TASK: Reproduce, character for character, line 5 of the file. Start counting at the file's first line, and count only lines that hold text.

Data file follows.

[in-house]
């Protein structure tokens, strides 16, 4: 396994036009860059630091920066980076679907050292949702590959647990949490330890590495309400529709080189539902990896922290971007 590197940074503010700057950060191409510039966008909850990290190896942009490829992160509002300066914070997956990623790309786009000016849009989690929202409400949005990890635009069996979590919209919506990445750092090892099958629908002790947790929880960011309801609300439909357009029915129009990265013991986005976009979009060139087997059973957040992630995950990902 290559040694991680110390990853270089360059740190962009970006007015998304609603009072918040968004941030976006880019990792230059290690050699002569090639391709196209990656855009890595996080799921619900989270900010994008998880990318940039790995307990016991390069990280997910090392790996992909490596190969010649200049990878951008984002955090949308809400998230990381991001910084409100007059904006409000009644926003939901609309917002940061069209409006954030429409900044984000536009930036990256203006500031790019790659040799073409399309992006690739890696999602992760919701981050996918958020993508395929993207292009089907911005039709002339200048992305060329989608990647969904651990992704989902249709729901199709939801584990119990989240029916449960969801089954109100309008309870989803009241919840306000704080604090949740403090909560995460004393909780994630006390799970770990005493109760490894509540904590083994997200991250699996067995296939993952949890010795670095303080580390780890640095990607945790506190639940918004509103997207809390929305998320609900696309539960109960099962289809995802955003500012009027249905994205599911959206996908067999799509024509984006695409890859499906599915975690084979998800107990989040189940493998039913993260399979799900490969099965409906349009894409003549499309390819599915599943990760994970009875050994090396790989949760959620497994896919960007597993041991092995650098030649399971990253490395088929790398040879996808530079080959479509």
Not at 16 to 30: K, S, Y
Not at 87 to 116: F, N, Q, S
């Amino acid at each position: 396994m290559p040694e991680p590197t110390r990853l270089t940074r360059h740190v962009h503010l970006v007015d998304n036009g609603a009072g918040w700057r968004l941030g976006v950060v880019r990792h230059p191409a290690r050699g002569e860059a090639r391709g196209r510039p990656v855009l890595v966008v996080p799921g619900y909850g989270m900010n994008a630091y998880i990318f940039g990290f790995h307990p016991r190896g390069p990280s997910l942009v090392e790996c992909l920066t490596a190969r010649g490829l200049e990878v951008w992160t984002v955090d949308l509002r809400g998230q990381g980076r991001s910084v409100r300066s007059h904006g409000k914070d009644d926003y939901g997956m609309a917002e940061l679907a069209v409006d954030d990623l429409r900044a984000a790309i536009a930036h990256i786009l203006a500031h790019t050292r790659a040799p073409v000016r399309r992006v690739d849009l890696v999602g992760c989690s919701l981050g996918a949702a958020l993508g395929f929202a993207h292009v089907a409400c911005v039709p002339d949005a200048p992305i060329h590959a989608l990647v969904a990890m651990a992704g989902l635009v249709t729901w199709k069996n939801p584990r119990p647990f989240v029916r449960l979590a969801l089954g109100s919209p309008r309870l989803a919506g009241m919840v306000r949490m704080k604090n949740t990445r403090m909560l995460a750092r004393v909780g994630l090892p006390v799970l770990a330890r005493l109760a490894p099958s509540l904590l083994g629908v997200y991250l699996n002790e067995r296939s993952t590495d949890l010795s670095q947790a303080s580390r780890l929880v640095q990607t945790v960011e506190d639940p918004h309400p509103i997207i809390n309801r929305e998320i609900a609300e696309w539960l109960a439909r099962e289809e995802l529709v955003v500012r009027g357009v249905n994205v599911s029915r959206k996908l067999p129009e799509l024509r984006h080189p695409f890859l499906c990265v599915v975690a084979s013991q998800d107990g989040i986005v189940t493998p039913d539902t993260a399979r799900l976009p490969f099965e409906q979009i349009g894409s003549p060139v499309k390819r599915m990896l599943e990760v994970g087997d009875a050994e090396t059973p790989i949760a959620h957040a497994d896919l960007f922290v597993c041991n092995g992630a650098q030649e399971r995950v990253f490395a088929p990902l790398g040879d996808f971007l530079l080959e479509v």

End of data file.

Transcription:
């Amino acid at each position: 396994m290559p040694e991680p590197t110390r990853l270089t940074r360059h740190v962009h503010l970006v007015d998304n036009g609603a009072g918040w700057r968004l941030g976006v950060v880019r990792h230059p191409a290690r050699g002569e860059a090639r391709g196209r510039p990656v855009l890595v966008v996080p799921g619900y909850g989270m900010n994008a630091y998880i990318f940039g990290f790995h307990p016991r190896g390069p990280s997910l942009v090392e790996c992909l920066t490596a190969r010649g490829l200049e990878v951008w992160t984002v955090d949308l509002r809400g998230q990381g980076r991001s910084v409100r300066s007059h904006g409000k914070d009644d926003y939901g997956m609309a917002e940061l679907a069209v409006d954030d990623l429409r900044a984000a790309i536009a930036h990256i786009l203006a500031h790019t050292r790659a040799p073409v000016r399309r992006v690739d849009l890696v999602g992760c989690s919701l981050g996918a949702a958020l993508g395929f929202a993207h292009v089907a409400c911005v039709p002339d949005a200048p992305i060329h590959a989608l990647v969904a990890m651990a992704g989902l635009v249709t729901w199709k069996n939801p584990r119990p647990f989240v029916r449960l979590a969801l089954g109100s919209p309008r309870l989803a919506g009241m919840v306000r949490m704080k604090n949740t990445r403090m909560l995460a750092r004393v909780g994630l090892p006390v799970l770990a330890r005493l109760a490894p099958s509540l904590l083994g629908v997200y991250l699996n002790e067995r296939s993952t590495d949890l010795s670095q947790a303080s580390r780890l929880v640095q990607t945790v960011e506190d639940p918004h309400p509103i997207i809390n309801r929305e998320i609900a609300e696309w539960l109960a439909r099962e289809e995802l529709v955003v500012r009027g357009v249905n994205v599911s029915r959206k996908l067999p129009e799509l024509r984006h080189p695409f890859l499906c990265v599915v975690a084979s013991q998800d107990g989040i986005v189940t493998p039913d539902t993260a399979r799900l976009p490969f099965e409906q979009i349009g894409s003549p060139v499309k390819r599915m990896l599943e990760v994970g087997d009875a050994e090396t059973p790989i949760a959620h957040a497994d896919l960007f922290v597993c041991n092995g992630a650098q030649e399971r995950v990253f490395a088929p990902l790398g040879d996808f971007l530079l080959e479509v």